According to a representative from the US Space Command, experts predict that satellite collisions could become a common occurrence if non-operational satellites and space debris are not gathered and returned to earth.
Dr Gbenga Oduntan, Associate Professor of International Commercial Law at the University of Kent shared his views on how we could resolve this problem but, first, he explained just how much of a threat satellite collision is to the general public.
Sputnik: To the general public, how much of a risk is satellite collision?
Gbenga Oduntan: Collision is a clear and present danger in the world we have created for ourselves today. There’s no shortage of frightening statistics of what we have done around the atmosphere. We have, hurtling through space, nothing less than 23,000 pieces of space debris, including objects that are wider than the length of your average smartphone hurtling through space to the size of a building, hurtling through space as debris. Not controlled, no longer operational and that's not including the operational satellites. We have operational objects that we also still have many of which were fitted before the obligation to make them come back after 25 years. So maybe in the future, many of them will be automatically able to de-orbit and come back and not make themselves or be debris. But in the meantime, we have a situation where the vast majority of space objects are not operational and are simply there as debris. And we will get more and more of these instances.
Sputnik: What protections, if any, do we have in place for these potential collisions?
Gbenga Oduntan: With the promise of a new technology of being able to help us. There's talk that they'll be things like harpoons, giant magnets and nets that will be put in space to gather some of this debris. It will have to take the most intelligent part of our brains as human beings at space agencies to come up with solutions that like I said will gather debris the size of a phone, hundreds of thousands of them.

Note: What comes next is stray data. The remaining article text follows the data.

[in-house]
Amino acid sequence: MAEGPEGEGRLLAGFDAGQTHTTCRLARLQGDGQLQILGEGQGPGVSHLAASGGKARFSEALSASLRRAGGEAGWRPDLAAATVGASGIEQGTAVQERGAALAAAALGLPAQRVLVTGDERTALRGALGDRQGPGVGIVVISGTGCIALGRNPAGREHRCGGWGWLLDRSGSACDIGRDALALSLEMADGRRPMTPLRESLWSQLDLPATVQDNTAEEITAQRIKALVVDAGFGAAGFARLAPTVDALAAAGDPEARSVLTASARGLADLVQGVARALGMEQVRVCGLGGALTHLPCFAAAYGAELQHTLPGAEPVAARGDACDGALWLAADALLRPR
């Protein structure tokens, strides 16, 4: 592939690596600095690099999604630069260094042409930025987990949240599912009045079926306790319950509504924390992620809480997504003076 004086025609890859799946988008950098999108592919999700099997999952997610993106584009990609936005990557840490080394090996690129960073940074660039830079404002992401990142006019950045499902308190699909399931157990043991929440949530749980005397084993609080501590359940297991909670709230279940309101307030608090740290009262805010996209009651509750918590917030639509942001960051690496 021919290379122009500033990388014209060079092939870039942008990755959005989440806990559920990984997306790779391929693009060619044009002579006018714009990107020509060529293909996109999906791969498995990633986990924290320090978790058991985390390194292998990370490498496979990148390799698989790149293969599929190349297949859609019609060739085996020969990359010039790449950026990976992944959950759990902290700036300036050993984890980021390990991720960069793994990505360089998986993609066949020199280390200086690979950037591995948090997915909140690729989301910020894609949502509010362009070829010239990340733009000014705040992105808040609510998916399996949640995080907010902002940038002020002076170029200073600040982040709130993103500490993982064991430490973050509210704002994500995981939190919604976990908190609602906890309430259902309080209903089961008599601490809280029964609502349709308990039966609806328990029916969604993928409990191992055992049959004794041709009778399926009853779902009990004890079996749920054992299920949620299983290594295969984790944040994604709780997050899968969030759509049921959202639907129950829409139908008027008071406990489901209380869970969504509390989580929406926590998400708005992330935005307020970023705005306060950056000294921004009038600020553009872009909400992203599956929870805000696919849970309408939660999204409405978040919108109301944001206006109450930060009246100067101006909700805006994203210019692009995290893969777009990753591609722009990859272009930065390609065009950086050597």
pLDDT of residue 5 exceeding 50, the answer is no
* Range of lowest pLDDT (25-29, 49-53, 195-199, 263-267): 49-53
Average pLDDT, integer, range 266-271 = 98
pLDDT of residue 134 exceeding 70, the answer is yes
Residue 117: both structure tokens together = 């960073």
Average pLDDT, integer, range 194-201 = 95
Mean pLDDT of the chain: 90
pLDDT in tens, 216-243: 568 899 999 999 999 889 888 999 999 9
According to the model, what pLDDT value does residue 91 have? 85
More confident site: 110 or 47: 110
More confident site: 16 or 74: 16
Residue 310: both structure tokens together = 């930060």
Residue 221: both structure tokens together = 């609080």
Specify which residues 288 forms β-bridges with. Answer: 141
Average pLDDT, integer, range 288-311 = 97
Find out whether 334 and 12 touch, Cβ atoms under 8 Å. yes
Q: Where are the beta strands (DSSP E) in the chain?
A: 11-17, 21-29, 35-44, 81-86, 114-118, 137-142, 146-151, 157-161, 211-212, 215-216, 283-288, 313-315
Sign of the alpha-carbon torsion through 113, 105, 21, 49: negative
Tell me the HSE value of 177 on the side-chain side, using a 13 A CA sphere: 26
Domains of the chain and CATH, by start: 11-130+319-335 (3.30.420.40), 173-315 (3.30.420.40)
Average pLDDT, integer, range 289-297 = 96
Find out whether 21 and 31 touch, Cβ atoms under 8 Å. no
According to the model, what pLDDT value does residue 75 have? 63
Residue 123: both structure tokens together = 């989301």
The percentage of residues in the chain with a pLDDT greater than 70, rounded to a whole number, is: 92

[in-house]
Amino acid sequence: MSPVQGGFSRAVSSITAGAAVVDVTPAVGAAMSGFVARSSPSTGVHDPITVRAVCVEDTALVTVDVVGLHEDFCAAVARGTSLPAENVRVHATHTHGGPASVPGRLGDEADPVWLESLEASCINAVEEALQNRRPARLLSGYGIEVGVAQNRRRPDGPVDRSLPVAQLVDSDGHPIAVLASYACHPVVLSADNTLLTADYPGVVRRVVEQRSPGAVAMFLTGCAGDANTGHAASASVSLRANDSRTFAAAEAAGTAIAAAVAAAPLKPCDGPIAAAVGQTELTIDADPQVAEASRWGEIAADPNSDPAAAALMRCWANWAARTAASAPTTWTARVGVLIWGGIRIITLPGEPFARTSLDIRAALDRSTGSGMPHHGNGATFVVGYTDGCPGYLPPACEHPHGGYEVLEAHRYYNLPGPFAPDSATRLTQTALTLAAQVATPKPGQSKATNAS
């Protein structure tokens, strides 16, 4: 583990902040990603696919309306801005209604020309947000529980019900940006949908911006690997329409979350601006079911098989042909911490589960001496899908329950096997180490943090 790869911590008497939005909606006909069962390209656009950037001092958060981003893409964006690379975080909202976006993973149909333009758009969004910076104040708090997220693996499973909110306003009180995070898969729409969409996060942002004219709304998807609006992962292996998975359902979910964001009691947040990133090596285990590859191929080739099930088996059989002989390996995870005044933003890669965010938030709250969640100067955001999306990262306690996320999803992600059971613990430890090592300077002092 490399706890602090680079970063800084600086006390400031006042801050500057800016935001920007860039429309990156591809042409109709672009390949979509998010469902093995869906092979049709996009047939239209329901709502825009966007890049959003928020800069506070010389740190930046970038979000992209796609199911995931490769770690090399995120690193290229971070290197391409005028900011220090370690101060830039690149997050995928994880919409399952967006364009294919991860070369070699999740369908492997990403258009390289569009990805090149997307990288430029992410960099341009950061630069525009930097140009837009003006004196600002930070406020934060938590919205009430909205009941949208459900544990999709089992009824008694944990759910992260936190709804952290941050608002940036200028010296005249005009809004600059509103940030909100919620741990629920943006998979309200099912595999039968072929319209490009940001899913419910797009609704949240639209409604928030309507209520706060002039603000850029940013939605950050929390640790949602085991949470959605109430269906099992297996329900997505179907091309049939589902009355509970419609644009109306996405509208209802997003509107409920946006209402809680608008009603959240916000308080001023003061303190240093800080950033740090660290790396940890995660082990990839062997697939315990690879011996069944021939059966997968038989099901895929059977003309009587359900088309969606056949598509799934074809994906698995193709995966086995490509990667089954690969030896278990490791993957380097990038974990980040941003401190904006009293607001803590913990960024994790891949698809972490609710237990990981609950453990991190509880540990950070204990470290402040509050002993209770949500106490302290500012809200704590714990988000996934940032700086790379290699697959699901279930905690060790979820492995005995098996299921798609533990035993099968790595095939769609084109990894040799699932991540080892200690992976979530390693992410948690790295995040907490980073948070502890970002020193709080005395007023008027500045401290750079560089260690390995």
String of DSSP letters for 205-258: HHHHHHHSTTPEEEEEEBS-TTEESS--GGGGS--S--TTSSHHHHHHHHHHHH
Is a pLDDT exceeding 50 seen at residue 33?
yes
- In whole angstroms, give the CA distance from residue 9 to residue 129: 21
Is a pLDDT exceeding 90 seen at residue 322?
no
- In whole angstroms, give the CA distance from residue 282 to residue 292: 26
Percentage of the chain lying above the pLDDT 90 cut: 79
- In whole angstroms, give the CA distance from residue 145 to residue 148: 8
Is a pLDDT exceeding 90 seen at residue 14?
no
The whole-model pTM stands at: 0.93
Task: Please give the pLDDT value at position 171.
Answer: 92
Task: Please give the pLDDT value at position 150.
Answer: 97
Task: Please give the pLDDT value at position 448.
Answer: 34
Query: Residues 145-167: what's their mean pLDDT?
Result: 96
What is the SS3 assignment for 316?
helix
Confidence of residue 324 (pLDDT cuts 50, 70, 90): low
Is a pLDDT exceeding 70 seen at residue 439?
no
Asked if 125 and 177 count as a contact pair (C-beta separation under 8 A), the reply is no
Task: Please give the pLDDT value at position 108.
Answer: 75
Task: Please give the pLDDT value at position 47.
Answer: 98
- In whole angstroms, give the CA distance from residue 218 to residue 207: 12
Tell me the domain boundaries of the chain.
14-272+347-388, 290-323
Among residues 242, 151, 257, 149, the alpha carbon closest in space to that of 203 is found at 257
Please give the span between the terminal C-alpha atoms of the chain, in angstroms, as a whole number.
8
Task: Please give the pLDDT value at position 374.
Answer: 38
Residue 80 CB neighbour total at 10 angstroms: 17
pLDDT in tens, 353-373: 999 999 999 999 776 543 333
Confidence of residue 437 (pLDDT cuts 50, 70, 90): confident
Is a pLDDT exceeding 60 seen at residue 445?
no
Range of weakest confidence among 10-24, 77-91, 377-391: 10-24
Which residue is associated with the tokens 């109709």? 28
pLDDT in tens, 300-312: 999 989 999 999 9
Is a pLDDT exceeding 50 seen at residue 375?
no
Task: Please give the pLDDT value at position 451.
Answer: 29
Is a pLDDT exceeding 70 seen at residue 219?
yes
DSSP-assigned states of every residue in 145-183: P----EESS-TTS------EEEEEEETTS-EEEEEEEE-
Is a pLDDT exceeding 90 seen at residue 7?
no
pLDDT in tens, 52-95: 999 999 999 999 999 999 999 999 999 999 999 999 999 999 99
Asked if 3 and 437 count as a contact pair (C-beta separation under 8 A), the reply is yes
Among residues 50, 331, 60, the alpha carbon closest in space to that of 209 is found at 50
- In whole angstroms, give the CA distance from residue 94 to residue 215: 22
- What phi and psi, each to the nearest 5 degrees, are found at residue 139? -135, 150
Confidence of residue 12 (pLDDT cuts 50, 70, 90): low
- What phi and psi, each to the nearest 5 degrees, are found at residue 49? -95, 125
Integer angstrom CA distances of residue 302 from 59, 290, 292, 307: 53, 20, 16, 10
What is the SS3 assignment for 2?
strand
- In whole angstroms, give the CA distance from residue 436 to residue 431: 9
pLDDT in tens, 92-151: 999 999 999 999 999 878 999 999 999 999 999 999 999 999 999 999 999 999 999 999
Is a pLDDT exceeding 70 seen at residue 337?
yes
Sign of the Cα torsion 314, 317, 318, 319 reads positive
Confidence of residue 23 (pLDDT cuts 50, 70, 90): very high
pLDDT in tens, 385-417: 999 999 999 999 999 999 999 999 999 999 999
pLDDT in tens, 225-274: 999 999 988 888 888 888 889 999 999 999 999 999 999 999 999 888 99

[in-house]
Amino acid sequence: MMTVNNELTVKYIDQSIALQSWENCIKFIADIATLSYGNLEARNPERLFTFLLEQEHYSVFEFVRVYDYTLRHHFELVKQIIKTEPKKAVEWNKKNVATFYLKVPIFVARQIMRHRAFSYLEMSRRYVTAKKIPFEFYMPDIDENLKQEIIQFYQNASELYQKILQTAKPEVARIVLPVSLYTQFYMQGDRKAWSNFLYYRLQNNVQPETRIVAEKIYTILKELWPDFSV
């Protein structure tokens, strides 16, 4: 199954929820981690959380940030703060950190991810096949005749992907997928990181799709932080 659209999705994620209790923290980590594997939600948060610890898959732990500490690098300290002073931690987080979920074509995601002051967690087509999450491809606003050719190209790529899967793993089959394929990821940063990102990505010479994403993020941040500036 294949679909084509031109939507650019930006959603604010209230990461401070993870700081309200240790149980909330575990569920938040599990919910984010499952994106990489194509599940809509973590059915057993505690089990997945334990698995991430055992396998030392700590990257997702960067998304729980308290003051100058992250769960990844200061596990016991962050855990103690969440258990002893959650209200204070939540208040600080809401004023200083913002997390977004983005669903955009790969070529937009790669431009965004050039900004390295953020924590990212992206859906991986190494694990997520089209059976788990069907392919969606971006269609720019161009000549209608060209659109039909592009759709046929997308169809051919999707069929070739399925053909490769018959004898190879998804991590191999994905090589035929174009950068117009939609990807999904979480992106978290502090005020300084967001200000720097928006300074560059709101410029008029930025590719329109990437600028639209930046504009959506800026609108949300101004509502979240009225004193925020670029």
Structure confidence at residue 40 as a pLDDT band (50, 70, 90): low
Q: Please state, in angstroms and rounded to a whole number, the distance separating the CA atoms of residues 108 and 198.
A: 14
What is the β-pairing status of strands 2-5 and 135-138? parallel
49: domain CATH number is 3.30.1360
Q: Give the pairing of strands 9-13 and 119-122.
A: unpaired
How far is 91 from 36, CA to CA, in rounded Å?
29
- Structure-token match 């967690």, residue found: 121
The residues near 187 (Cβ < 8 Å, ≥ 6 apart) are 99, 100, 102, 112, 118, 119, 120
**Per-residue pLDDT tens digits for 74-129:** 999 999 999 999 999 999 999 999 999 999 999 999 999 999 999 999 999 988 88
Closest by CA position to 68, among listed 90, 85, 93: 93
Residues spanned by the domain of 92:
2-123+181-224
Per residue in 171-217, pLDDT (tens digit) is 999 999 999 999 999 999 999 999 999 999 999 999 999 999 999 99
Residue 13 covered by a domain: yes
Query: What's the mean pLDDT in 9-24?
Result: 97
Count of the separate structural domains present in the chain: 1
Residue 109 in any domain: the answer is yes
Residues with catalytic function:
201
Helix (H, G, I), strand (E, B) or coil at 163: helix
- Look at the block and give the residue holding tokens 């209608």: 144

Space debris even include flicks of paint from previous accidents and minute particles floating in hundreds of thousands. We're not counting the ones that are below the size of a phone like I said. So cleaning it up will I suspect be a huge technological challenge.
Sputnik: So who do you think is going to lead the way with the technology?
Gbenga Oduntan: The good news is that institutions such as the European Space Agency say they will launch a space missions to remove debris from orbit in the next 15 to 20 years. Until that happens given the competing need for money and financial resources that are cut in the European Union in the international system, generally, I'm quite sceptical that mankind will have the presence of mind to invest in doing this.
However, there might be some good news, business knows that it's impossible to operate in outer space if their equipment is going to be damaged by accidents and that might encourage them to put their investments in that direction. So both good news and bad news, the technological capacity to reduce space debris is there, and we have to do it, but I think we've messed up our low earth orbit. And I think that is really workable and it is final, which is why the best options for us now is to prevent this from going on into the future and I'd love to see that happening.
The views and opinions expressed in the article do not necessarily reflect those of Sputnik.